Featured Research

from universities, journals, and other organizations

Internal clock, feeding rhythm set pace of liver

Date:
January 15, 2014
Source:
Ecole Polytechnique Fédérale de Lausanne
Summary:
Living organisms have adapted to the day-night cycle and, in most cases, evolved a "circadian clock" -- that is: an actual cellular metronome -- whose effects are not completely known yet. A scientific team has found that in the case of the liver, the rhythm of protein production and release is dictated by both the organisms' feeding behaviors and their internal clock.

Living organisms have adapted to the day-night cycle and, in most cases, they have evolved a "circadian clock." Its effects are not completely known yet but its functioning has been shown to have important metabolic consequences for the body. Disruption of normal circadian rhythms can have deleterious effects on health; for example lack of sleep is linked with obesity, and the time of feeding was shown to affect the ability to control body weight.

Scientists from the Nestlé Institute of Health Sciences (NIHS) and the École polytechnique fédérale de Lausanne (EPFL), supported by a 2012 grant from the Swiss Leenaards Foundation originally awarded to the Université de Lausanne, have found that in the case of the liver, the rhythm of protein production and release is dictated by both the organisms' feeding behaviors and their internal clock. The current study was published last week in the journal Proceedings of the National Academy of Science of the USA (PNAS).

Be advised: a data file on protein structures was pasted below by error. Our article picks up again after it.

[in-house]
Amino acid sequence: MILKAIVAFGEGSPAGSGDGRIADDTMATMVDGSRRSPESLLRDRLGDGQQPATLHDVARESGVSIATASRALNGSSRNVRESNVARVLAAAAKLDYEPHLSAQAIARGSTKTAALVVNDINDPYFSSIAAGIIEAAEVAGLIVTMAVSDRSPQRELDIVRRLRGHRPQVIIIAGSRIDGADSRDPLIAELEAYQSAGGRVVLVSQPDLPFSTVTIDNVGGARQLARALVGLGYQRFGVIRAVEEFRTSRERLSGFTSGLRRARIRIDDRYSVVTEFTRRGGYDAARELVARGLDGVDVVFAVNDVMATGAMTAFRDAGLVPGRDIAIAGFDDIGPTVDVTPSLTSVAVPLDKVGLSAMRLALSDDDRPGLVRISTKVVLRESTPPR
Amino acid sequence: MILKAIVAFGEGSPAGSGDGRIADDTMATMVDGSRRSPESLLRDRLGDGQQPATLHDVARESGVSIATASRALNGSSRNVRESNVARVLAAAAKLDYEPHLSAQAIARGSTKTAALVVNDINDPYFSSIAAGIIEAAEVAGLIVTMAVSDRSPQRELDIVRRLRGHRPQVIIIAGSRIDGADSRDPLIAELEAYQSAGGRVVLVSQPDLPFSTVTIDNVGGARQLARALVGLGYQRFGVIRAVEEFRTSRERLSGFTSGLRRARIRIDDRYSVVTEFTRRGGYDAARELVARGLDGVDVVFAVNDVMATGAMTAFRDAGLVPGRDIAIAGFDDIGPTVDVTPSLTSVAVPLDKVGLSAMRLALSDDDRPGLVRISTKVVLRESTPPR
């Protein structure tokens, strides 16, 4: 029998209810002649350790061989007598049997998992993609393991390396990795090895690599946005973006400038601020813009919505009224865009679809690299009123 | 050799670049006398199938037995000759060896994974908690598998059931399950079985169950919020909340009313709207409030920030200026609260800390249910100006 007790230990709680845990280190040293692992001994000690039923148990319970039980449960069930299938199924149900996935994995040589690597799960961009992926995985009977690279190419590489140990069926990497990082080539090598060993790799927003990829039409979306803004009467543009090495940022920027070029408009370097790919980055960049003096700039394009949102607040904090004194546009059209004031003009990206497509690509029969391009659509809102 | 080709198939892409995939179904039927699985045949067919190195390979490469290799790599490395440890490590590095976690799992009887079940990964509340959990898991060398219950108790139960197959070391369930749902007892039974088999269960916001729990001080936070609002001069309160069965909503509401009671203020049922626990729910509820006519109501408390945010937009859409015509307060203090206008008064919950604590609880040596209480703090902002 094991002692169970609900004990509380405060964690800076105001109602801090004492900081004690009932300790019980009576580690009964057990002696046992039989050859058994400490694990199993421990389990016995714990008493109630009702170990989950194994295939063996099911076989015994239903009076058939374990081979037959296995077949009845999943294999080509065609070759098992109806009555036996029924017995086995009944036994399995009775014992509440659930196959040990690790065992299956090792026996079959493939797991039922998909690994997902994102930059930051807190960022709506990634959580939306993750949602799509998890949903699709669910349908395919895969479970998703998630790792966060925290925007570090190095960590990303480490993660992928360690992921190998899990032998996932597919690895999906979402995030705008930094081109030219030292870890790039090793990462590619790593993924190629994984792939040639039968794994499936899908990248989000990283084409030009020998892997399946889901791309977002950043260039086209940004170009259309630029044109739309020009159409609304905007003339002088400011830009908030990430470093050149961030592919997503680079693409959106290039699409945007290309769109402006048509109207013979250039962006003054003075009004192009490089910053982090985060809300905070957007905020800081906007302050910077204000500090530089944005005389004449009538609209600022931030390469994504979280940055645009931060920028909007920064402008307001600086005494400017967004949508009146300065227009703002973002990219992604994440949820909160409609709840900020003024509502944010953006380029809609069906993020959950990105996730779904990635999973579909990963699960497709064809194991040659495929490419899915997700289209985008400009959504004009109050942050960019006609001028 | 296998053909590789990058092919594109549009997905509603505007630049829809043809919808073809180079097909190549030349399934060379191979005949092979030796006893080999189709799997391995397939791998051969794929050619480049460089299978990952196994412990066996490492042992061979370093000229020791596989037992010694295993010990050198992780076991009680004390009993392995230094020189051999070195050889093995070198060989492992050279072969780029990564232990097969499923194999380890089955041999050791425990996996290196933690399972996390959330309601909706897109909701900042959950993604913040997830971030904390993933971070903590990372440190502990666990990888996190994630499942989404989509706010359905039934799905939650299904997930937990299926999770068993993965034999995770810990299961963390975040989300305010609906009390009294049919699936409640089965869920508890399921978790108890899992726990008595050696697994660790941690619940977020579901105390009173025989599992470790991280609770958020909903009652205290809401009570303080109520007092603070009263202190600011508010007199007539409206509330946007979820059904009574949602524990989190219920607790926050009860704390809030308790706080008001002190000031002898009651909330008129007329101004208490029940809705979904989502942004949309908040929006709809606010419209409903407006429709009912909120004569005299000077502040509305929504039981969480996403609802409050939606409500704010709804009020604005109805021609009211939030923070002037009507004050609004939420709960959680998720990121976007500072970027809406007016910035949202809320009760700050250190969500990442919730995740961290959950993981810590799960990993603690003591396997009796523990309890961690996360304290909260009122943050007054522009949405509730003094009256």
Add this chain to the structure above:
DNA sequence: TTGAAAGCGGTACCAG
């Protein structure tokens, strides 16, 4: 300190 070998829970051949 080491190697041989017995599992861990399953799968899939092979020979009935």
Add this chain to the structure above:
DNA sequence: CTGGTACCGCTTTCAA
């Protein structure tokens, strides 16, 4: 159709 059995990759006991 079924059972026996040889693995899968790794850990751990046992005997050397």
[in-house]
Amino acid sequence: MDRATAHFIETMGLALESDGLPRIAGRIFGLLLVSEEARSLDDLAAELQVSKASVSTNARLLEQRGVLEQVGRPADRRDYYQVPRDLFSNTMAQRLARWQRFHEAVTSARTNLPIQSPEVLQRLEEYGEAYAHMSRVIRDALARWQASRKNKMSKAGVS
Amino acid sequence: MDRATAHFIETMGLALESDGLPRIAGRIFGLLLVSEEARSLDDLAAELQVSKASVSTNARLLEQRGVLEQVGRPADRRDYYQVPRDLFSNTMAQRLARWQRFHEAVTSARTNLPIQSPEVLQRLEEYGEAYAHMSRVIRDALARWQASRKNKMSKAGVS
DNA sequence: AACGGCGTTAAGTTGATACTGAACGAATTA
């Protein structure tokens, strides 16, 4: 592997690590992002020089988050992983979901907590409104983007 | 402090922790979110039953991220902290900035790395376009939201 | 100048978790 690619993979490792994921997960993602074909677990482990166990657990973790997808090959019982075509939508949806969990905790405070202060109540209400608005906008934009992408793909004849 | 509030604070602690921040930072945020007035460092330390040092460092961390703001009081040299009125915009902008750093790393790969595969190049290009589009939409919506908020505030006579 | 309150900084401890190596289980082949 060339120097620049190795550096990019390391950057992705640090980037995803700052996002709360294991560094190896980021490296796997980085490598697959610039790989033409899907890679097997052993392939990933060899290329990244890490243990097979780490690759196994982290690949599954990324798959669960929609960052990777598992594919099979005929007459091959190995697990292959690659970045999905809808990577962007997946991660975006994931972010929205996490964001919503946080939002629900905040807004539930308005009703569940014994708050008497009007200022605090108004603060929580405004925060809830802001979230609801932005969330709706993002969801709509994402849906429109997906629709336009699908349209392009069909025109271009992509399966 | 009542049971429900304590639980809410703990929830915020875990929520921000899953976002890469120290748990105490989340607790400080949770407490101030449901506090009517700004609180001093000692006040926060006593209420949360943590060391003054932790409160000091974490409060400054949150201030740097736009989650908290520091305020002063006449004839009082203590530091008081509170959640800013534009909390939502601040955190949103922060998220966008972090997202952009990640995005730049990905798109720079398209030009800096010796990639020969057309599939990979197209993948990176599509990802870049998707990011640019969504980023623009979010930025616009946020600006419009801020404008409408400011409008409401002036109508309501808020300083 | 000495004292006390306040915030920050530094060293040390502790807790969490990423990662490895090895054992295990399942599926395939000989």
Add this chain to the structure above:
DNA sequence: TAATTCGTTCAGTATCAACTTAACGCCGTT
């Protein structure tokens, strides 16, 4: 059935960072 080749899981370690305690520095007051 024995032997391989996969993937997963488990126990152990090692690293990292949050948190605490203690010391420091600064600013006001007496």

The researchers, under the direction of Frédéric Gachon (NIHS) and Felix Naef (EPFL), analyzed liver proteins with mass spectrometry, one of the new analytical tools currently available that allow a closer inspection of the real impact of this clock on some biological processes, in particular at a level of temporal protein abundance. They measured the concentration of more than 5000 different proteins -- whereas previous techniques only allowed the identification a few hundreds at best.

The results suggest that the circadian clock does not only influence the production of proteins by the genes, but also the way the liver regulated the storage and release of proteins into the body. "Our experiments seem to prove that the pace set by feeding patterns takes precedence over the circadian rhythm. However, it appears that the strongest effect takes place when these two rhythms overlap," said Frédéric Gachon.

As a next step, this research will attempt to translate some of these results to humans. "Our work will help develop strategies focused on diet to help treat patients suffering from disorders associated to circadian dysfunctions" said Felix Naef.


Story Source:

The above story is based on materials provided by Ecole Polytechnique Fédérale de Lausanne. Note: Materials may be edited for content and length.


Journal Reference:

  1. D. Mauvoisin, J. Wang, C. Jouffe, E. Martin, F. Atger, P. Waridel, M. Quadroni, F. Gachon, F. Naef. Circadian clock-dependent and -independent rhythmic proteomes implement distinct diurnal functions in mouse liver. Proceedings of the National Academy of Sciences, 2013; DOI: 10.1073/pnas.1314066111

Cite This Page: